3 min read.Updated: 24 Sep 2020, 11:30 AM ISTUday Bhatia
As Ryan Murphy's 'Ratched' supplies the origin story of one of cinema’s greatest villains, we revisit the first screen version of Nurse Ratched
Our first glimpse of Nurse Ratched comes less than a minute into One Flew Over The Cuckoo’s Nest, Miloš Forman’s classic 1975 adaptation of Ken Kesey’s equally celebrated 1962 novel. As the mental health facility she presides over starts another day, she walks down the hall towards the camera. She’s dressed in funeral black. Forman places a large red light bang in the viewer’s eyeline. It’s as clear a warning as her hair, curling upward from a middle parting like horns.
At first, Ratched, played by Louise Fletcher, seems like a calm, involved nurse, but we realize that’s because everyone listens to what she says. But when McMurphy, played by Jack Nicholson, is admitted to the facility, he starts pushing her buttons. And Ratched gets scary very quickly after that. Her voice never rises or falls, it is instead dispassionate and hard as a diamond. Her face is like a mask; when she’s displeased, it seems to vibrate. Fletcher matches Kesey’s description of Ratched: “Her face is smooth, calculated, and precision-made, like an expensive baby doll, skin like flesh-colored enamel, blend of white and cream and baby-blue eyes, small nose, pink little nostrils…"
Nurse Ratched is a great villain because we don’t quite know for sure if she thinks she’s a force for good. “I think we can help him," she says when management is debating whether to let McMurphy go. Does she actually think she can, or does she want to win, to reduce the only voice of rebellion to mute acquiescence?
As McMurphy’s hold over the other patients grows stronger, we see Ratched become more manipulative, hitting each one in their most vulnerable area. Each meeting with the patients is a battle of wills and an escalation of what she'll do in order to keep her hospital running the way it always has. The strain on her mask-like face when she's trying to control her anger is terrifying, like in the scene when Cheswick demands his cigarettes. It culminates in the horrific suicide of Billy at the end, after her mention of his mother drives the nervous young man over the edge.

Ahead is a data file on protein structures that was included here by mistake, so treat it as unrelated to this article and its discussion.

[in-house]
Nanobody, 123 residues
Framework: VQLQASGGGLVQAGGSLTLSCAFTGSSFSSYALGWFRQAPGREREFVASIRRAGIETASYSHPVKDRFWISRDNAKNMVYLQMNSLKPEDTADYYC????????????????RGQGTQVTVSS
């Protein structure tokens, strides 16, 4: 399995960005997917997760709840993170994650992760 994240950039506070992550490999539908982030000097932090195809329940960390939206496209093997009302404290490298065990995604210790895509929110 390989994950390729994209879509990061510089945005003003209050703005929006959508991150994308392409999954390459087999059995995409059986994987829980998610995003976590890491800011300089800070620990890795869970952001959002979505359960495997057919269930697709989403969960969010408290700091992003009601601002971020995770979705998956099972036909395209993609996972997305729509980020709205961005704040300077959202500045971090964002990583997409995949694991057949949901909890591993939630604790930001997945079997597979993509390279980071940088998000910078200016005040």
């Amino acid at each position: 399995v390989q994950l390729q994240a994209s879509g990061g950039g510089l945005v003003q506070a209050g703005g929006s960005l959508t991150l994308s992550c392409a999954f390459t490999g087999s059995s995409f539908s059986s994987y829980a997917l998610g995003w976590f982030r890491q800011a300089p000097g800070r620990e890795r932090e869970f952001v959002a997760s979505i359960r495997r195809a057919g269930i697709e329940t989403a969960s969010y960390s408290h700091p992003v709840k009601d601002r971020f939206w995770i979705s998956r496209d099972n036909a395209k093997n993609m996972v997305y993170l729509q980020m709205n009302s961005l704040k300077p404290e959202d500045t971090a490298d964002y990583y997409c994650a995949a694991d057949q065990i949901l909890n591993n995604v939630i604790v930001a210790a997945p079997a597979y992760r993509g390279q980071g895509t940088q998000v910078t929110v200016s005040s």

Fletcher’s portrayal of Ratched won her the Academy Award for Best Actress. Fifth on the American Film Institute’s “100 Years... 100 Heroes & Villains" list, Nurse Ratched is the second-greatest villainess (after the Wicked Witch from The Wizard Of Oz). It’s an intimidating character to reinvent, but that’s what Ratched, now streaming on Netflix, attempts to do. It's the latest lurid attraction from Ryan Murphy, who created it along with Evan Romansky. Sarah Paulson, who collaborated with Murphy on American Horror Story and The People vs. O.J. Simpson, plays a younger version of Ratched.
Ratched is immediately recognizable as a Murphy production: a mix of eye-popping period detail, baroque drama and psychological horror. In 1946, about 20 years before the events of the book, Mildred—not yet a nurse—gets a job at a California psychiatric hospital where dangerous experiments are said to be taking place. The series tracks her journey to becoming the all-powerful nurse (Paulson said in an interview that they have planned a multi-season arc, and should ideally be in the book’s timeline by the fourth season).
At a time when networks and movie studios can't seem to get enough of reboots and remakes, Ratched joins a growing number of shows that present an unformed version of a familiar character. Better Call Saul, presumably, ends with Saul Goodman at the start of Breaking Bad. Perry Mason'sfirst season was spent showing how the character became a lawyer. The closest parallel to Ratched, though, might be Bates Motel, which tracked the twisted relationship of Norman Bates and his mother before and during the events of Psycho.
One Flew Over The Cuckoo’s Nest won five Oscars: Best Picture, Director, Adapted Screenplay and acting honours for Nicholson and Fletcher. It's one of the great films from a remarkably rich period for American cinema, one in which the state was the enemy and all institutions came under scrutiny. Part of the uncanny sense of madness in the film might have been Czech émigré Forman bringing his experience of state censorship to bear on the mental asylum. With Ratched now streaming, and most of humanity under house arrest dealing with an uncertain future, there could not be a better time to rewatch Forman’s film.